Virus won’t leave a lost generation ... but only if state acts fast
The Covid-19 pandemic won’t give rise to a lost generation like the 1976 Soweto uprising did, but it could result in lost schooling.
This is the word from University of KwaZulu-Natal (UKZN) education expert Prof Vimolan Mudaly, who has unpacked how the June 16 uprising impacted young people then and the possible effect Covid-19 is likely to have on education now.
“There are a number of articles written about the lost generation post the 1976 Soweto uprising. Learners did not return to schools because there was a war to be fought and a revolt was unfolding. The turmoil of that period was essential to establish freedom for successive generations of South Africans.”
According to SA History Online, the uprising that started in Soweto and spread countrywide “profoundly changed the sociopolitical landscape in South Africa”.
The children of 1976 had to battle a regime, the children of 2020 have to battle a non-living thing that cannot be seenProf Vimolan Mudaly
“Though Bantu education was designed to deprive Africans and isolate them from ‘subversive’ ideas, indignation at being given such ‘gutter’ education became a major focus for resistance, most notably in the 1976 Soweto uprising.
“In the 1980s very little education at all took place in the Bantu education system, which was the target of almost continuous protest.
“The legacy of decades of inferior education (underdevelopment, poor self-image, economic depression, unemployment, crime, etc) has lasted far beyond the introduction of a single educational system in 1994 with the first democratic elections,” SA History Online stated.
Mudaly believes the Covid-19 war is different from the struggle youngsters took on in the quest for equal education.
“The enemy is not a group of people. The war won’t be fought on the streets. In fact, if we can get our learners off the streets quickly for a few weeks and reduce the infection rate, the battle will be won quicker.
“The return to school will follow our victory over Covid. There is no lost generation, simply a lost year. Many children go to school late or drop out and return later, but they are alive.
“This cannot be compared to the lost generation of 1976. The children of 1976 had to battle a regime, the children of 2020 have to battle a nonliving thing that cannot be seen. This enemy spreads insidiously through saliva droplets. Avoid the droplets and the war is won.
“Nothing will ever be the same again, but we have no choice. Opening schools will reduce the population by spreading the virus quicker. We must accept this and move on to the post-Covid period, and hope that we can make up for the lost time.
“We have overcome insurmountable hurdles before. We can overcome this as well,” Mudaly said.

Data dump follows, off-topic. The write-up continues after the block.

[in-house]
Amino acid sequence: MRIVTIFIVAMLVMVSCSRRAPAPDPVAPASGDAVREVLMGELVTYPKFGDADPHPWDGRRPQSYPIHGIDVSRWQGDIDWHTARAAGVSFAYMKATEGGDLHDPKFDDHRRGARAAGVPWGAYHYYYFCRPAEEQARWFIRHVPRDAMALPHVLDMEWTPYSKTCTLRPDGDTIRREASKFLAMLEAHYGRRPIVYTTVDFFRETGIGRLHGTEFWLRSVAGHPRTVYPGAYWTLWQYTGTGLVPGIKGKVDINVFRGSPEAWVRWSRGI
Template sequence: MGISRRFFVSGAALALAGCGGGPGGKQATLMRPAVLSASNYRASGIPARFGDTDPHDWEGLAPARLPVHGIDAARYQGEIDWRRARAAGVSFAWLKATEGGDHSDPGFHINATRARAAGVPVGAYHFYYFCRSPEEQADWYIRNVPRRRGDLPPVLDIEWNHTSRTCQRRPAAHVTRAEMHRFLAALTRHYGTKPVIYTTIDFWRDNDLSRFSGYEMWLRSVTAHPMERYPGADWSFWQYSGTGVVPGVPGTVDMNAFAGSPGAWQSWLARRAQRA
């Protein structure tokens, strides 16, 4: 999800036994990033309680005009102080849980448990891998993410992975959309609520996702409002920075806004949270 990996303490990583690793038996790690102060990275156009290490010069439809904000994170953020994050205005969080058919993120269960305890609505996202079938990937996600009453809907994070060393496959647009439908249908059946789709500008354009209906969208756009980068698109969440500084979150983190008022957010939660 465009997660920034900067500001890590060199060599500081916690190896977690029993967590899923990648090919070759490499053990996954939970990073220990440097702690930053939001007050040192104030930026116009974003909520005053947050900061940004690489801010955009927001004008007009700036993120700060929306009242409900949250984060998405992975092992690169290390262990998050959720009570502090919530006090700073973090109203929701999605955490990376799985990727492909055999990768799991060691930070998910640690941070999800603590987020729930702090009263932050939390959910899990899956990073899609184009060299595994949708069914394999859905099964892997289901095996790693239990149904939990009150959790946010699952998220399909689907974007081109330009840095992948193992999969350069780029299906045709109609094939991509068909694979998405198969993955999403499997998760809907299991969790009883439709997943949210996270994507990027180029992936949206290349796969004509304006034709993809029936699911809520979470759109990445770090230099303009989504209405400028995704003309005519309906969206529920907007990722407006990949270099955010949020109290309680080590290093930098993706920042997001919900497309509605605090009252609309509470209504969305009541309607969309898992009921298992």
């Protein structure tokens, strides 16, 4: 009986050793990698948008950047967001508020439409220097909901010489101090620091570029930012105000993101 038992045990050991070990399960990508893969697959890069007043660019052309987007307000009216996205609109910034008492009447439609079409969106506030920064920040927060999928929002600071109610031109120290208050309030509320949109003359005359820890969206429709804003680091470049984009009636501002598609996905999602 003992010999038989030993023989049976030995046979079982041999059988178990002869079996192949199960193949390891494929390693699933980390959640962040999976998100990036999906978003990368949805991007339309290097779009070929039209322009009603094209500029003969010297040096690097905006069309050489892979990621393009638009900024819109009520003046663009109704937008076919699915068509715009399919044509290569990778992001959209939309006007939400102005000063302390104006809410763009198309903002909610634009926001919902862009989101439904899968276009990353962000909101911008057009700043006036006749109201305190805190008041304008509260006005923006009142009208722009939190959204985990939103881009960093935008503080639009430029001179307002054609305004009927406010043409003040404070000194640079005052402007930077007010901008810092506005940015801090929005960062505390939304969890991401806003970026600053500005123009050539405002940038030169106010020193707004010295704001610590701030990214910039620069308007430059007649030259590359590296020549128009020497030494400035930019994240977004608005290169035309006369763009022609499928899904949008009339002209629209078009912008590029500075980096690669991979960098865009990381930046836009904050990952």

Prof Lesley Wood, head community-based educational researcher at North West University, is concerned about pupils dropping out because of the pandemic’s impact on their parents’ financial circumstances.
“Most learners want to return when it is safe to do so. You may, of course, get a certain number who will use this as an excuse to drop out of school, but I don’t think this will be the norm.
“However, the percentage of children who drop out before matriculating may very well increase, due to the effect Covid-19 has had on the family and finances.”
In 2015, the education department said SA was in a crisis when it came to school dropouts.
One of the main reasons children drop out is lack of ability to pay fees, and with the effect Covid-19 has had on the economy, this will only get worseProf Lesley Wood
“Approximately 60% of first graders will ultimately drop out rather than complete 12th Grade. Likewise, by Grade 12, only 52% of the age appropriate population remain enrolled,” the department said at the time.
“One of the main reasons children drop out is lack of ability to pay fees, and with the effect Covid-19 has had on the economy, this will only get worse,” said Wood.
She believes the loss of parents or guardians may also force children to leave school to care for their siblings.
“But there are many reasons for [dropping out of school] and we can only speculate the real effect on schooling since only time will tell. The sooner the danger is past, the better.
“However, this pandemic has again highlighted the gap between the two schooling systems we have in this country — one well-resourced for those who can afford it and one drastically under-resourced for the majority.
“This is a social justice issue that has been going on for far too long,” Wood said.
“The crisis has shown that the government can find money, make fast decisions and take action when needed. We need to make sure that such positive responses continue once the immediate danger is past.
“This pandemic offers us an opportunity to rethink how we do many things in this country and making the education system more equitable should be at the top of the list, as economic and social development depends on a skilled and literate population.
“Everyone has the right to education, but only relatively few in this country can actually access it,” said Wood.
Would you like to comment on this article or view other readers' comments? Register (it’s quick and free) or sign in now.
Please read our Comment Policy before commenting.